Here’s the thing, though: those instances in no way diminished the overall show for me. This is mainly me being a little nitpicky because I found myself so laser focused on every little thing. There are so many things to love about The Cher Show, though, so let’s get to all the times I probably overreacted in my seat (which was totally cool, because everyone around me was in the same boat).
Stephanie J. Block really is Cher, you guys.
One of the main things I was worried about going into this was how Cher was going to sound during this production. Cher has such a distinctive voice, and it is so easy to do a terrible impression of it…just ask Jack McFarland. And while Jack trying to out-Cher Cher on Will & Grace is iconic in its own right, it’s not exactly the experience I want to see at The Cher Show. Micaela Diamond and Teal Wicks held their own as Babe and Lady, respectively; you can really see how much of a handle they have on some of Cher’s mannerisms throughout their performances. But holy god, Stephanie J. Block just EMBODIED Cher as Star. Her attitude, her inflections, the way she moves when she sings; it all felt so true to my diva, my heart overflowed. And she absolutely nailed the voice; there were times where I had to sit back stunned that she sounded so much like Cher.
Also, props to all three Chers for being able to belt out the two songs Cher herself says are the hardest in her catalog (hence why she rarely performs them live), “Song for the Lonely” and “You Haven’t Seen the Last of Me.” That is no easy feat, and they crushed it.
Jarrod Spector sounds EXACTLY like Sonny Bono, and it’s eerie.
Sonny’s singing voice was definitely a unique one, regardless of how weirdly well it worked with Cher’s. Just about every time I see someone portraying Sonny, the singing voice is almost there but still isn’t quite right. The second Jarrod Spector started singing, though, literally everybody had some sort of vocal reaction to it. It’s incredible how much he sounds like Sonny; it honestly sounded like they just had him lip sync to Sonny and Cher recordings even though you knew that’s not how it works. They hit the casting jackpot with this guy; it’s hard to imagine anyone else filling Sonny’s shoes.
Oh my god, the songs, though.
I think I just automatically assumed that the songs I’d hear in this production would be the songs I’d hear at any given Cher concert: the ones everyone knows all the words to, the ones I’ve heard a billion times before but never get tired of. And there are a lot of them in here; I mean, come on, you can’t do a musical about Cher and not have stuff like “Believe” and “If I Could Turn Back Time” placed somewhere. But what I loved about The Cher Show was that it also went for the songs that you wouldn’t expect at first. “You Better Sit Down Kids” was used during a scene where the man who was like a father to Cher leaves. “When the Money’s Gone” was used for when Sonny and Cher marry. “Living in a House Divided” (one of my faves from the ‘70s, by the way) depicted the beginning of their downfall. And I’m only scratching the surface here. You’re never going to hear Cher sing these songs live anymore–if you ever did to begin with–and it was just so refreshing to see that they had a place in this show, that songs like these aren’t forgotten.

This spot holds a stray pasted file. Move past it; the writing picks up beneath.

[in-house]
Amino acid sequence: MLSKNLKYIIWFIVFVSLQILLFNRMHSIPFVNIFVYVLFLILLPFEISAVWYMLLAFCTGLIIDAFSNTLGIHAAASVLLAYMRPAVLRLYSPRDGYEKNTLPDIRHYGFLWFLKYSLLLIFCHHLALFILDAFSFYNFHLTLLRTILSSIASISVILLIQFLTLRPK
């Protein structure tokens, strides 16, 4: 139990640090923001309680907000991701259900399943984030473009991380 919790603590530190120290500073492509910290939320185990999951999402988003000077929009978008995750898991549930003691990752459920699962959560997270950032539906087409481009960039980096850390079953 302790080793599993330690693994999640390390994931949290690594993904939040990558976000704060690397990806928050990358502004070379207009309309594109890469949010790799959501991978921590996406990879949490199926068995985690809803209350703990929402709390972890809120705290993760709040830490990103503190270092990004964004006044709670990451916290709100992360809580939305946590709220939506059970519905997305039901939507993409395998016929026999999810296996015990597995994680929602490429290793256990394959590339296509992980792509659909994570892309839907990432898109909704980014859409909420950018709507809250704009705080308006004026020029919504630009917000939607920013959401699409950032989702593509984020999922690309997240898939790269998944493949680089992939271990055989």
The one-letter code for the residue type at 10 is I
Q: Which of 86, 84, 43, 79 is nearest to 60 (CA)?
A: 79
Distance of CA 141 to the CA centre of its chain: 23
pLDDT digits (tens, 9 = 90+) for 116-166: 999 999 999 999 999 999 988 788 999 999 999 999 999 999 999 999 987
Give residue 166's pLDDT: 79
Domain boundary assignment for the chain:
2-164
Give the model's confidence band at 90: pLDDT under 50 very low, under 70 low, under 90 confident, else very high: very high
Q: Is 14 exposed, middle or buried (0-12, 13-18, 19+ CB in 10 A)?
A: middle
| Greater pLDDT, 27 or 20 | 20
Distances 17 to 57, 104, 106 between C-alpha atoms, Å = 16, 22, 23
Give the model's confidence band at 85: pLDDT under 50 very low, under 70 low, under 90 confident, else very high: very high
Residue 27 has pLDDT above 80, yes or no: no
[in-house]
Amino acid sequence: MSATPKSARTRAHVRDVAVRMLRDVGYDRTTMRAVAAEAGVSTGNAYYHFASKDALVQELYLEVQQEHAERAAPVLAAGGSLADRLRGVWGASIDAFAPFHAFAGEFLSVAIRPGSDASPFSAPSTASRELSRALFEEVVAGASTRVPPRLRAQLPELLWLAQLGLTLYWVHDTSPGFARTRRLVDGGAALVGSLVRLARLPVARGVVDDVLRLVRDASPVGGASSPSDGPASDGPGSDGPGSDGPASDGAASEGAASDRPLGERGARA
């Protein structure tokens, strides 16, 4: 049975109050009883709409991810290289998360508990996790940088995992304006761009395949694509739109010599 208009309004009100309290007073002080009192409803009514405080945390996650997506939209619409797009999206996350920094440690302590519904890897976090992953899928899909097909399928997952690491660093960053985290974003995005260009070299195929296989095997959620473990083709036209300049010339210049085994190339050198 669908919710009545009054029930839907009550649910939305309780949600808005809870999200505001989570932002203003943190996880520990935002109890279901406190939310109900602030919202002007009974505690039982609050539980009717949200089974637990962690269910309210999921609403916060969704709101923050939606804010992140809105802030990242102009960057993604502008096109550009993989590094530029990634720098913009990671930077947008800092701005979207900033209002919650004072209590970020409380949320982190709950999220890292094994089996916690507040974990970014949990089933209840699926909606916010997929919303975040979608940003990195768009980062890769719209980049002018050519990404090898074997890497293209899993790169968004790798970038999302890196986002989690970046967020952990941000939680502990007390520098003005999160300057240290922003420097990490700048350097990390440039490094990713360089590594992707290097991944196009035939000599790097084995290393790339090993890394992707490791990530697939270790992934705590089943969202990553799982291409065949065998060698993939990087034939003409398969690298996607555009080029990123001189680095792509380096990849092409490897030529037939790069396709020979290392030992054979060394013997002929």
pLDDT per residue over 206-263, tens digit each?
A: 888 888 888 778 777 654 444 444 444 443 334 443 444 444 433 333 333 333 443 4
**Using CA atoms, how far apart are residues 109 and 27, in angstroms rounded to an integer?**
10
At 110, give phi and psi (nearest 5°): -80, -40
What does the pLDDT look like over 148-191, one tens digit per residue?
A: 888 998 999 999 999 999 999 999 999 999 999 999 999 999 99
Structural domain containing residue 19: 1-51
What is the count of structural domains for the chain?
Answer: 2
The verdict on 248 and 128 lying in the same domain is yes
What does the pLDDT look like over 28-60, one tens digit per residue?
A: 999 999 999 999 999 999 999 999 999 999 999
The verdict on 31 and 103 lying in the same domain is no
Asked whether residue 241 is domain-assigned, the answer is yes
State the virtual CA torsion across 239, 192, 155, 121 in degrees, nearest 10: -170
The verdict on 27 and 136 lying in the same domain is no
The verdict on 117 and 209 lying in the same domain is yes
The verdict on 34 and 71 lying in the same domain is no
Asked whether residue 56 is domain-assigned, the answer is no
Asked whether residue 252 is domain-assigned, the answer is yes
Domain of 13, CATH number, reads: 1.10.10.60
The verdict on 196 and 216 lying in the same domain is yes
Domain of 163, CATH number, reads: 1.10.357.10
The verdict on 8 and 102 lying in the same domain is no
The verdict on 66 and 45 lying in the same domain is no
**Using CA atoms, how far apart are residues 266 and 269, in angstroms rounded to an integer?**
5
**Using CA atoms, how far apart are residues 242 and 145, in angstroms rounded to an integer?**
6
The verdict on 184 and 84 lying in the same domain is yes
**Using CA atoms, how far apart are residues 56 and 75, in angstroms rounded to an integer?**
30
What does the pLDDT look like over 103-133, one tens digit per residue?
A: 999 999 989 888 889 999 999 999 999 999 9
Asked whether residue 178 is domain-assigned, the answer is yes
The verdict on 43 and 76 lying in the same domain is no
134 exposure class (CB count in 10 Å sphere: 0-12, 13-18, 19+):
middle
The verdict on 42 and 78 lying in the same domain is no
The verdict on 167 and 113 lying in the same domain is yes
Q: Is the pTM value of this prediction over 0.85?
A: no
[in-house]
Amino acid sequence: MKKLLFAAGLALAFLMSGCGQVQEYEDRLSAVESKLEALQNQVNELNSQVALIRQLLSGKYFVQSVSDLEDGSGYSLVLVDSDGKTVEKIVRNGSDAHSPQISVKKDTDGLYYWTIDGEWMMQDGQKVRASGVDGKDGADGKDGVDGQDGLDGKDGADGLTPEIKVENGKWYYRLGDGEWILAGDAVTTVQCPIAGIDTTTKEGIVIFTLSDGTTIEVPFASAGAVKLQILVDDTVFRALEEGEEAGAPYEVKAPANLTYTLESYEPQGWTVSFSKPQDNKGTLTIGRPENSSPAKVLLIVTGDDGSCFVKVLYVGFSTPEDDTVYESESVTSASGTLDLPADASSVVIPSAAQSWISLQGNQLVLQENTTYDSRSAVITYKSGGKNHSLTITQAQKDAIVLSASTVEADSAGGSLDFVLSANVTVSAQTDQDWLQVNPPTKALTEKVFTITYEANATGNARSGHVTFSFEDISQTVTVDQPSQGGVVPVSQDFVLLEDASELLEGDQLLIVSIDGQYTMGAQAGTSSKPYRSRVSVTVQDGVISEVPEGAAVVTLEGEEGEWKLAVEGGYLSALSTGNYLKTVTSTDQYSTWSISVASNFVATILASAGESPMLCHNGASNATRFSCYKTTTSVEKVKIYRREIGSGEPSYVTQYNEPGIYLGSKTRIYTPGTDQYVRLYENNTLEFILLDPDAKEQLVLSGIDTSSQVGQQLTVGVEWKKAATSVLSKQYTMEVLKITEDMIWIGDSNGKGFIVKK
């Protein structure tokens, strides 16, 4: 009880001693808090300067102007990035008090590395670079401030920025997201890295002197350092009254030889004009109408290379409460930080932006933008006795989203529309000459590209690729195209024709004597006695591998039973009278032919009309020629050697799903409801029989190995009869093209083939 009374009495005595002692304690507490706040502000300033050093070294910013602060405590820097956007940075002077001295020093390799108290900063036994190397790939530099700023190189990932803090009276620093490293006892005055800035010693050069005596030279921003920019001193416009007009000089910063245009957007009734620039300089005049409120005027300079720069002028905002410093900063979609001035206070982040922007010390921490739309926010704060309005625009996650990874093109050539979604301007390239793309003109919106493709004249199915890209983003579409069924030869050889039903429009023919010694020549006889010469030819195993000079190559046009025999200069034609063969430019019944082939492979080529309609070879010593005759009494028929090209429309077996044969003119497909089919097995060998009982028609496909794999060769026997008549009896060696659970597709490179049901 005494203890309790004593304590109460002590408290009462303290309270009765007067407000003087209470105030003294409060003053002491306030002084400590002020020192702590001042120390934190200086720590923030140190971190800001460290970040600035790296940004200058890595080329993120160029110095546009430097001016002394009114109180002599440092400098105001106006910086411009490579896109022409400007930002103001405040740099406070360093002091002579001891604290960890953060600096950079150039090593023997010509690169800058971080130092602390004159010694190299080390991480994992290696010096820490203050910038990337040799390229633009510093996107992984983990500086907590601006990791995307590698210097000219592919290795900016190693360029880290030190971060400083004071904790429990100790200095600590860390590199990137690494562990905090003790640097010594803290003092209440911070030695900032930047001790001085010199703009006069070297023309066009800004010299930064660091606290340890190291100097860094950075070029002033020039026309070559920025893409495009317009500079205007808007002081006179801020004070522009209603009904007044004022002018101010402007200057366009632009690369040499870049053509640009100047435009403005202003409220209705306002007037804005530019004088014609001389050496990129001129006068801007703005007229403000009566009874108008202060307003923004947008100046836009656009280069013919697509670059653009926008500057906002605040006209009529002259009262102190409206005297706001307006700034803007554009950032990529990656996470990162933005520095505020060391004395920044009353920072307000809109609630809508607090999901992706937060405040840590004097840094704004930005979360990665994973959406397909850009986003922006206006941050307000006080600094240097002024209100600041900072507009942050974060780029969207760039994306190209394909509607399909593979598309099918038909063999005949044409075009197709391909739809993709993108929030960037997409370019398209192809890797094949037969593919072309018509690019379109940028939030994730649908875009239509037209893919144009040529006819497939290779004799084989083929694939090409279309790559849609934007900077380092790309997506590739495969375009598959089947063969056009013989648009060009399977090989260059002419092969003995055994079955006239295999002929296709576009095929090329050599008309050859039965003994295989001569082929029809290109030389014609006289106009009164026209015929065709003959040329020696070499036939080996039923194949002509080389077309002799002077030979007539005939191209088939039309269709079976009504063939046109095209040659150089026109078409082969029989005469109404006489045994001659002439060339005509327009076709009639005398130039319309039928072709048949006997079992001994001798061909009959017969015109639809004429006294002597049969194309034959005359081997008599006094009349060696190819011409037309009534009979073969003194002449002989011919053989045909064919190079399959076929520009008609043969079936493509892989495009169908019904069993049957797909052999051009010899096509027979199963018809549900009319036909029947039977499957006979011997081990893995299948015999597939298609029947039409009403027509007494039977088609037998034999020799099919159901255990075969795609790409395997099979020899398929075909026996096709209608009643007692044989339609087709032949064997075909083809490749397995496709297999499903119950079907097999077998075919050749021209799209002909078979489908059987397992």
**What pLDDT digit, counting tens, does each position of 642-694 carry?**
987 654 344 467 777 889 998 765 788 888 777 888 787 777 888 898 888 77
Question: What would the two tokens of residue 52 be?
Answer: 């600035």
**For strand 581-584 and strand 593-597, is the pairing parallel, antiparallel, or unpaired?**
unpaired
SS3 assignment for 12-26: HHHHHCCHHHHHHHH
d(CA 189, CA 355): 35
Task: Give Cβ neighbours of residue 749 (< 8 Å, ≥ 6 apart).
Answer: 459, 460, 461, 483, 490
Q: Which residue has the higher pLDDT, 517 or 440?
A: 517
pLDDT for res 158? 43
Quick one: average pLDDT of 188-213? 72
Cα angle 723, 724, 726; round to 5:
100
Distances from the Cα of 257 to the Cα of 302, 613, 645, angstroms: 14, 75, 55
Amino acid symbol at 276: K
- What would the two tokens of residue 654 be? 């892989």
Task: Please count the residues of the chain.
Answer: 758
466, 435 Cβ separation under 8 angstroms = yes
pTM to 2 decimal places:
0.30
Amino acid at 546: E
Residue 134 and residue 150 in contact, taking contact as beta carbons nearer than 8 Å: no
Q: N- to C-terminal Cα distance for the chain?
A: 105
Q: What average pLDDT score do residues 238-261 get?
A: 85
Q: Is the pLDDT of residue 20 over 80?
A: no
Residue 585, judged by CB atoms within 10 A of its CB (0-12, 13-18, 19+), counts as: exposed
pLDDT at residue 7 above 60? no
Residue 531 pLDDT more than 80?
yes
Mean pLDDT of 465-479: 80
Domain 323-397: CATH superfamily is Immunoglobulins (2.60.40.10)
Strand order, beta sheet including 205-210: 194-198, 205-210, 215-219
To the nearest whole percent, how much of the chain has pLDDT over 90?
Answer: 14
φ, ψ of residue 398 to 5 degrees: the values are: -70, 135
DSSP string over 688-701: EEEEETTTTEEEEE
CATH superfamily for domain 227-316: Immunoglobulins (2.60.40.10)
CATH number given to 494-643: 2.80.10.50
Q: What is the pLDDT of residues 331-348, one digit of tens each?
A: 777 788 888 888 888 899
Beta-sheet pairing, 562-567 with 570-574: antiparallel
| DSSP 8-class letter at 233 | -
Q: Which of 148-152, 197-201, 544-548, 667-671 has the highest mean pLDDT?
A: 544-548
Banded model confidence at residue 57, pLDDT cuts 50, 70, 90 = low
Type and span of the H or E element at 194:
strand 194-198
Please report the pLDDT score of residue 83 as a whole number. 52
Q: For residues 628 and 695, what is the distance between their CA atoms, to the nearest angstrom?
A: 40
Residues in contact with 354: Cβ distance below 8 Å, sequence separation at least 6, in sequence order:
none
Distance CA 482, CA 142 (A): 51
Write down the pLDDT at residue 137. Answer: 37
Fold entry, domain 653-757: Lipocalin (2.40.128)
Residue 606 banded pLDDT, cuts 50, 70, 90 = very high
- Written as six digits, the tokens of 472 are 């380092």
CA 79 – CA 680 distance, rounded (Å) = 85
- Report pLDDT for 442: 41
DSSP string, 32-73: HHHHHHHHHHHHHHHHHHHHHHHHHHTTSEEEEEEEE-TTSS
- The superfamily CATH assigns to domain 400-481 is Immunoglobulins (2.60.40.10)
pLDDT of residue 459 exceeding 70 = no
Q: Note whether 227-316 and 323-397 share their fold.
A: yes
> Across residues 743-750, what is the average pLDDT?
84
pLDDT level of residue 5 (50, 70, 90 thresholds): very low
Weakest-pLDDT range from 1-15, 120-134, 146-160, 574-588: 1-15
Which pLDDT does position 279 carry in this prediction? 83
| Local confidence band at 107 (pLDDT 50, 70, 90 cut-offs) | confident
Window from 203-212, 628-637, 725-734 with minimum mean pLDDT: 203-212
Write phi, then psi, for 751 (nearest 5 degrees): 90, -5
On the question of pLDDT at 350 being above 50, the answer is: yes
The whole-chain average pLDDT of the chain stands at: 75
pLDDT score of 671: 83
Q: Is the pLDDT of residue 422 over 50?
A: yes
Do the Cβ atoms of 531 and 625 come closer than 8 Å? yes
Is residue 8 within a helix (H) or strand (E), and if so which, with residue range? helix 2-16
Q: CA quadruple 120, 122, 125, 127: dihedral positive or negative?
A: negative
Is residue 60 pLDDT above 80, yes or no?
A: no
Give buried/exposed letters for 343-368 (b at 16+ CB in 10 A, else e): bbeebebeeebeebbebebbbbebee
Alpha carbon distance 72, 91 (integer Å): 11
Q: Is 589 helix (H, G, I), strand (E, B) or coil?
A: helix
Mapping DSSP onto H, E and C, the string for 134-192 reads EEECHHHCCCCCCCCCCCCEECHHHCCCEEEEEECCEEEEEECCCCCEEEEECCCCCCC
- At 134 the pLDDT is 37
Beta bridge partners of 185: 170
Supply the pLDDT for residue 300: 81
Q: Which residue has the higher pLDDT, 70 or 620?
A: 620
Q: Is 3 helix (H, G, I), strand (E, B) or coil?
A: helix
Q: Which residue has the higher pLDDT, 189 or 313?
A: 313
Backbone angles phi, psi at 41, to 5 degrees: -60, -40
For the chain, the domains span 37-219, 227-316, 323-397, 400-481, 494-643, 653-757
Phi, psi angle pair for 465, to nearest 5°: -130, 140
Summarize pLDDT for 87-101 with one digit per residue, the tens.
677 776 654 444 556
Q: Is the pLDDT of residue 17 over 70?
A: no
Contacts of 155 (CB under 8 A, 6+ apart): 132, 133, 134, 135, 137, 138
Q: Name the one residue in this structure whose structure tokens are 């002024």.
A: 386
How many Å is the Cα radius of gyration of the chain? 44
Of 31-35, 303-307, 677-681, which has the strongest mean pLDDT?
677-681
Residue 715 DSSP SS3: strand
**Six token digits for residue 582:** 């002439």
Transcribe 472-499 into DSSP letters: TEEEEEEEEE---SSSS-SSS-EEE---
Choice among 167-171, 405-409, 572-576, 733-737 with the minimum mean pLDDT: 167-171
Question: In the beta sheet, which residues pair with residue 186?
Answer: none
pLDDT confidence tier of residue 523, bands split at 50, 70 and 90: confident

What was also great about this production is that the songs weren’t presented chronologically; rather, they placed her songs where they best fit the narrative. Let me tell you something, seeing Cher sing “Strong Enough” to Sonny was so supremely satisfying and I didn’t realize how much I needed that. “Song for the Lonely” was the song that punctuated rock bottom when it came to their marriage and it made me openly weep to hear the Chers sing it in that context (truth be told, that song gets to me regardless–it’s helped me through some darker times in my life–but to hear it like this ripped my heart to shreds). And the new arrangements for some of these songs were so effective I couldn’t stand it; there was a point where Sonny and Cher sing “All I Ever Need Is You” during The Sonny and Cher Comedy Hour while their marriage is in shambles, and the overly peppy and positive arrangement of the song really amplified the fact that they had to put on a happy face for the camera while everything was falling apart behind the scenes. The way this show treated my diva’s catalog is something to behold.